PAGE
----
Oil on canvas, 22” x 27 1⁄2”
Signed, inscribed & dated 1895
$15,000. – 20,000.
Theo Taunton, Famous Horses, Simpson, Low and Co., 1895, page 350
St. Simon was bred by Prince Gustavus Batthyany of Hungary in 1881. Upon the prince’s death from a heart attack at the 1883 Two Thousand Guineas, his entire stable, including the 2-year-old colt St. Simon, was dispersed at the Tattersalls July Sale in Newmarket. The Duke of Portland, a mere 25 years old and relatively new to the sport, purchased St. Simon for 1,800 guineas. The horse he wanted, however, was the horse that went through the ring immediately before St. Simon (on which the Duke had unsuccessfully bid). Feeling defeated, he settled on St. Simon, a bay horse whose trainer had painted the horse’s hocks white to dissuade bidders. (Fortunately for the Duke of Portland, the original trainer of St. Simon, John Dawson, was the brother of his own trainer, Matthew Dawson, who probably suspected that his brother wanted to keep the horse for himself.)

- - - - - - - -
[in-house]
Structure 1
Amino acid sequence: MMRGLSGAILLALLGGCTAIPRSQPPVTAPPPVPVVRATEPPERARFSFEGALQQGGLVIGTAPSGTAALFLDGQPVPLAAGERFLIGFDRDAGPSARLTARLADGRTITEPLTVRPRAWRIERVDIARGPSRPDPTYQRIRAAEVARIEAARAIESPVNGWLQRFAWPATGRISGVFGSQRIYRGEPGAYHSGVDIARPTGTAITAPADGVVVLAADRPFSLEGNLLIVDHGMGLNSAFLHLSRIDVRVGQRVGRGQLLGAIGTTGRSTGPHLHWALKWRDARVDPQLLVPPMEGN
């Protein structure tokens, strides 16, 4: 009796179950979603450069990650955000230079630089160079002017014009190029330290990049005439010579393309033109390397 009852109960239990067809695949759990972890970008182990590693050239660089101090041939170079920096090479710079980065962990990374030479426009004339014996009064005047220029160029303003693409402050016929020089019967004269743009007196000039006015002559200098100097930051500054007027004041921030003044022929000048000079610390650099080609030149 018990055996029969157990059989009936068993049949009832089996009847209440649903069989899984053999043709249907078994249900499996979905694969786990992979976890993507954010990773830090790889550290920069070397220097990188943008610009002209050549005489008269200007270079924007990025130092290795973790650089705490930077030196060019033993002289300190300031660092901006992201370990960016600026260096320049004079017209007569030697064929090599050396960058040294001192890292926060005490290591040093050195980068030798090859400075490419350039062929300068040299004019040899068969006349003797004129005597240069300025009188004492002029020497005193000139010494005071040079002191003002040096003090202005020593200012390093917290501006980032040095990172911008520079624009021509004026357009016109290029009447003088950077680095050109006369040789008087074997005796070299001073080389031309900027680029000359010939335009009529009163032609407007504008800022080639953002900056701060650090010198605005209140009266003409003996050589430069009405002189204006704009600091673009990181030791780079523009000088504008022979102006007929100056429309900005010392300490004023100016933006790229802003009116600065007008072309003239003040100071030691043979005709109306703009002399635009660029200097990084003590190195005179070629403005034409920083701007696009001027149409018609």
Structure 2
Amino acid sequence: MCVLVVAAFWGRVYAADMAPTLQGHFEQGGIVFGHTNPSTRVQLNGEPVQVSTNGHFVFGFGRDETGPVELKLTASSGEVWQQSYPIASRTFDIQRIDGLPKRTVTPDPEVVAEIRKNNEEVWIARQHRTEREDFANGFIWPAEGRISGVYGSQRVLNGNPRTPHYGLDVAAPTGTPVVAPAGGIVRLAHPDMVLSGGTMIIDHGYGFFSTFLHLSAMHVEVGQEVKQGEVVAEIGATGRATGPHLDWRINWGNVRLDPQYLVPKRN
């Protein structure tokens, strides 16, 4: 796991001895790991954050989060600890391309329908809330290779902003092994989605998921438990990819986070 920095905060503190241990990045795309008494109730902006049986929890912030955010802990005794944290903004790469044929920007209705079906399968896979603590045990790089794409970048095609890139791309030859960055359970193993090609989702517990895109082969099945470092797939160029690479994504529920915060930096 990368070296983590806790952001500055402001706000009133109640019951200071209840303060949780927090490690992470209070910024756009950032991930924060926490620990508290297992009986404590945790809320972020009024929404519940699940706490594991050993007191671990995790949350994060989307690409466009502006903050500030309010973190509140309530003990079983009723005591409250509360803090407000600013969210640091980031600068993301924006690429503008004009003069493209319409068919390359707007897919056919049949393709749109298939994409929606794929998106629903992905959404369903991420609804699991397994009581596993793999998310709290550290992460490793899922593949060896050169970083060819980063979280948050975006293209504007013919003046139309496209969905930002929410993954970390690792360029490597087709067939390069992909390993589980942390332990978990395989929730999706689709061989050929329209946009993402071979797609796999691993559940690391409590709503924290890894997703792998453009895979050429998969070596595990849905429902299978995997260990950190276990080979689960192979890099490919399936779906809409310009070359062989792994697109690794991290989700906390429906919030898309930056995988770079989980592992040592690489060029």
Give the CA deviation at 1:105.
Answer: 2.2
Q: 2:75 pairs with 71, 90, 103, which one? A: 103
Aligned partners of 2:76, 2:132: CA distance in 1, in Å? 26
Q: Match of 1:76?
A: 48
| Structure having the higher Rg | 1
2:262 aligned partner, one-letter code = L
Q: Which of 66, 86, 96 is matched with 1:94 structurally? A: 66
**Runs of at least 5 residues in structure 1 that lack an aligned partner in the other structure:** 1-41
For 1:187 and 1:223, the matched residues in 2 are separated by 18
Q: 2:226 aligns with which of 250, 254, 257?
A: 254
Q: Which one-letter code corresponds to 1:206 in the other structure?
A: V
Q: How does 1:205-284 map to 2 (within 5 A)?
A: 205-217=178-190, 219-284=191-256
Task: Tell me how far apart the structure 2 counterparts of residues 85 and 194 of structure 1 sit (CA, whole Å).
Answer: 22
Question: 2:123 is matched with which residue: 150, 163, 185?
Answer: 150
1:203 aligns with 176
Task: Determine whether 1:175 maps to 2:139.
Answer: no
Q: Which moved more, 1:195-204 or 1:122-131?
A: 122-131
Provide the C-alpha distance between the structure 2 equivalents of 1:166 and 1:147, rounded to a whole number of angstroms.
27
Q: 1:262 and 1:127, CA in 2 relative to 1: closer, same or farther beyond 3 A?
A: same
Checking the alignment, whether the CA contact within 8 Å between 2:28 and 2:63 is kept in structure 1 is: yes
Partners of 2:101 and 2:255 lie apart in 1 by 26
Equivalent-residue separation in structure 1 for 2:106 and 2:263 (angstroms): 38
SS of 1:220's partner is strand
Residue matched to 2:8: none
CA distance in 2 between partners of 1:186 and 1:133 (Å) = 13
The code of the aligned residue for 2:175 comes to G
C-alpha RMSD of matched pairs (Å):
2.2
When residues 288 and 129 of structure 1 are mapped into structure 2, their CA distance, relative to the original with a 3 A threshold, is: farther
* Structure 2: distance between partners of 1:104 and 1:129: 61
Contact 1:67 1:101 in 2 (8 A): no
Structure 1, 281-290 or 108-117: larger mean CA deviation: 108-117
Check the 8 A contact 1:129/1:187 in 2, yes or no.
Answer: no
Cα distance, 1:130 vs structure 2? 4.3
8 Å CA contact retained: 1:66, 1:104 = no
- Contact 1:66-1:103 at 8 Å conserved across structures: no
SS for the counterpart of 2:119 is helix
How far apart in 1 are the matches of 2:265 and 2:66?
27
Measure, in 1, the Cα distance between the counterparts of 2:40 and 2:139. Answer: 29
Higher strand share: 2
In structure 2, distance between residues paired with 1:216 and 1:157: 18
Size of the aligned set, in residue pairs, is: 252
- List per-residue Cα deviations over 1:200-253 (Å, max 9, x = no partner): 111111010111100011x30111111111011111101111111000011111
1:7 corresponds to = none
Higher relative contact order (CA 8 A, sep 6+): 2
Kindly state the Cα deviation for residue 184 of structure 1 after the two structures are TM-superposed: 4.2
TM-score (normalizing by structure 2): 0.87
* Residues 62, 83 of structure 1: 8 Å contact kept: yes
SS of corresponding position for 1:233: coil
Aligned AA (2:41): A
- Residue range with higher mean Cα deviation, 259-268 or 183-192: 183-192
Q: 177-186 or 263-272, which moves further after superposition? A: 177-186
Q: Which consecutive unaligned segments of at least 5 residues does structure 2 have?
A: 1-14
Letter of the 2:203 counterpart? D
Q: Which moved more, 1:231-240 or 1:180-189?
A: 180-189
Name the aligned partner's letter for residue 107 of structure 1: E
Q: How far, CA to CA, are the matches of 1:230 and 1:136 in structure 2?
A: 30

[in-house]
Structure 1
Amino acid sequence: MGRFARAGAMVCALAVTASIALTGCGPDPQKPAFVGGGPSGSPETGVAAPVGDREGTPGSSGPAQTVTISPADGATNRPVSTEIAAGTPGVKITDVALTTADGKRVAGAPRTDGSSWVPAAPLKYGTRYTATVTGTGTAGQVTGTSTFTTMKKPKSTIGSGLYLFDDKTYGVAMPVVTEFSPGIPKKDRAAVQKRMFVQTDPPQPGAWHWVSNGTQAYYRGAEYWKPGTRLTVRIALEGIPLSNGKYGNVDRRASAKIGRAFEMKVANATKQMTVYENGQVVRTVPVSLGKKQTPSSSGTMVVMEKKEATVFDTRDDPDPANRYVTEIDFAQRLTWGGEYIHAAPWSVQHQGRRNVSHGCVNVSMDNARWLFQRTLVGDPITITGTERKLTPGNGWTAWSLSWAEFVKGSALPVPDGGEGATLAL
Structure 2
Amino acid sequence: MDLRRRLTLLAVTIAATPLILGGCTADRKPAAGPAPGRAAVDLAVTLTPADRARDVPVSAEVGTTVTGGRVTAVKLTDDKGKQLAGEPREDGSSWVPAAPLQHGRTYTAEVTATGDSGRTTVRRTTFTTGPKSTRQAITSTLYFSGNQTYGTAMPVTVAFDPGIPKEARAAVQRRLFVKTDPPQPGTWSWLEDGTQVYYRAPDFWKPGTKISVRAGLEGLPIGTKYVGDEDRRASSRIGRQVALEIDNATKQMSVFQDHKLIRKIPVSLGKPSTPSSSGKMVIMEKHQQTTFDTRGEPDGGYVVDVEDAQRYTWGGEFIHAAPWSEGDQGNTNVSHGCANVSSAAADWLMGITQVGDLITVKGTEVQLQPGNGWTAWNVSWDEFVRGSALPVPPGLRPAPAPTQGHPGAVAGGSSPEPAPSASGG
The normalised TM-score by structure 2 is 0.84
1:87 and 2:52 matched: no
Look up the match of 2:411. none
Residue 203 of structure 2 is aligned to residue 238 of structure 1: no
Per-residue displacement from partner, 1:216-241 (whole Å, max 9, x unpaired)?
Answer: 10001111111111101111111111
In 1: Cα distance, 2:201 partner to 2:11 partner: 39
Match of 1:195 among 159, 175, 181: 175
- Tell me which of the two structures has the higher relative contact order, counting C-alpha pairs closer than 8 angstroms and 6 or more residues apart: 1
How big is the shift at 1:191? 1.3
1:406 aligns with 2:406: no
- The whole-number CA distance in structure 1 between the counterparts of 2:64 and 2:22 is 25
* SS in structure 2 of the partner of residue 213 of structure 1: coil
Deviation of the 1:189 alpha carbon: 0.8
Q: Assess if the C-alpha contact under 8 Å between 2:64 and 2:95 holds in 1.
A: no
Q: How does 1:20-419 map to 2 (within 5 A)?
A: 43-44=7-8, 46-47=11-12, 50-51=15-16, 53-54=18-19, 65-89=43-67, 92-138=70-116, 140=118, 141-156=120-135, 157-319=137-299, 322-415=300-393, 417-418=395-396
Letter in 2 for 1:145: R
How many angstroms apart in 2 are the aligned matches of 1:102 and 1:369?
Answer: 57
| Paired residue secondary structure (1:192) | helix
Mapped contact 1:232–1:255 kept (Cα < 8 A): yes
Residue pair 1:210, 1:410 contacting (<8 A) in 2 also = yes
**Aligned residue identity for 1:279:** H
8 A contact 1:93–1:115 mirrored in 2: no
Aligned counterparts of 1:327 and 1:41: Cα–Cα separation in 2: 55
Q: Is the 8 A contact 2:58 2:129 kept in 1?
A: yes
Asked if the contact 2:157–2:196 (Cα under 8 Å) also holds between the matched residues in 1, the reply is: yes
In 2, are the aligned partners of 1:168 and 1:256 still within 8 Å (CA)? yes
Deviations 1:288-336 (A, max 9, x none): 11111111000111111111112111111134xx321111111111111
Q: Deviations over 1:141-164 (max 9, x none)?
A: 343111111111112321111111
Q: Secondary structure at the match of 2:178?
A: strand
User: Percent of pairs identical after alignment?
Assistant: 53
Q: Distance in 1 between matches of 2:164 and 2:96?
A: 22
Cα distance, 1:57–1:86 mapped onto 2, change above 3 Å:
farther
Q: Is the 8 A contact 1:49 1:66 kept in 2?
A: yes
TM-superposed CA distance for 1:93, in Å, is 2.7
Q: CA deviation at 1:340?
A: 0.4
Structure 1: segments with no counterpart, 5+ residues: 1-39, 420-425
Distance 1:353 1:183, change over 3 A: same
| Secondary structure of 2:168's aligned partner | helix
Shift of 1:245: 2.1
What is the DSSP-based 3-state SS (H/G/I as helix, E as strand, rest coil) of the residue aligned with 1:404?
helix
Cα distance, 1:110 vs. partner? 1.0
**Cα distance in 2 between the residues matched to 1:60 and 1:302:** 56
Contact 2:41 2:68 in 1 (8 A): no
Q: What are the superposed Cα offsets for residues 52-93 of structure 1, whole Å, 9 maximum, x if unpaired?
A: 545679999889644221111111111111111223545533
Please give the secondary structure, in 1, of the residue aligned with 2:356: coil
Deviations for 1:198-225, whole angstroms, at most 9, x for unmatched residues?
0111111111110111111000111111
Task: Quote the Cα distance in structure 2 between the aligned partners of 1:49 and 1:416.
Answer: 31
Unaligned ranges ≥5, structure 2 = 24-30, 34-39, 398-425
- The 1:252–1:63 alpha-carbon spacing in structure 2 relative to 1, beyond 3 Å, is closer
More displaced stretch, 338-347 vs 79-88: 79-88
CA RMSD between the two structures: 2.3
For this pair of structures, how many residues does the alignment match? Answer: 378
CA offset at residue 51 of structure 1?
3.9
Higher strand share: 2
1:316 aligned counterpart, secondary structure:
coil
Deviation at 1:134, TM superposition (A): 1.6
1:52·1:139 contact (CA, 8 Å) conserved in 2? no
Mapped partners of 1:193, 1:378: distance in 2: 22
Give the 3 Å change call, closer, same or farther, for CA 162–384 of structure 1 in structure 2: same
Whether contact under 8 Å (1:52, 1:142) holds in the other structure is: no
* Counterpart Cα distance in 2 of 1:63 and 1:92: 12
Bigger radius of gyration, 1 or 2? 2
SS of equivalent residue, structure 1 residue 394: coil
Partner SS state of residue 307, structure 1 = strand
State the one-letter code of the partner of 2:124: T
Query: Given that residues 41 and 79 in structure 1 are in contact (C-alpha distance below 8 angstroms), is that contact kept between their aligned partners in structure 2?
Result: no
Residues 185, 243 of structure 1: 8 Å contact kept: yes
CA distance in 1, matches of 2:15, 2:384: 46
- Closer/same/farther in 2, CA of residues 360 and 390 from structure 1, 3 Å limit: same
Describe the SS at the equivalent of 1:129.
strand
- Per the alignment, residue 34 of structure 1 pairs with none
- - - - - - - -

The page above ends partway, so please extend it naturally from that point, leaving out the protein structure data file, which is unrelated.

St. Simon’s initial days of training didn’t prove promising. His stride was awkward and jumpy and he was considered less than coordinated. Nevertheless, the Duke of Portland and Matthew Dawson pressed on.
Their faith in the horse paid off. St. Simon won 10 races and was never defeated. His principal performance was winning the Ascot Gold Cup in 1884 by an incredible 20 lengths. It is said he was so strong it took almost an entire lap of the course for his jockey, Fred Archer, to pull him up. He went on to win the Gold Cup at Goodwood in another impressive manner, never breaking into a full gallop, defeating Ossian, winner of the St Leger. Dawson “declared St. Simon to have been the best animal he ever had under his care,” according to Theo Taunton’s Famous Horses. Though he never competed in the classic races, St. Simon was still hailed as the champion of his crop and one of the best racehorses of all time.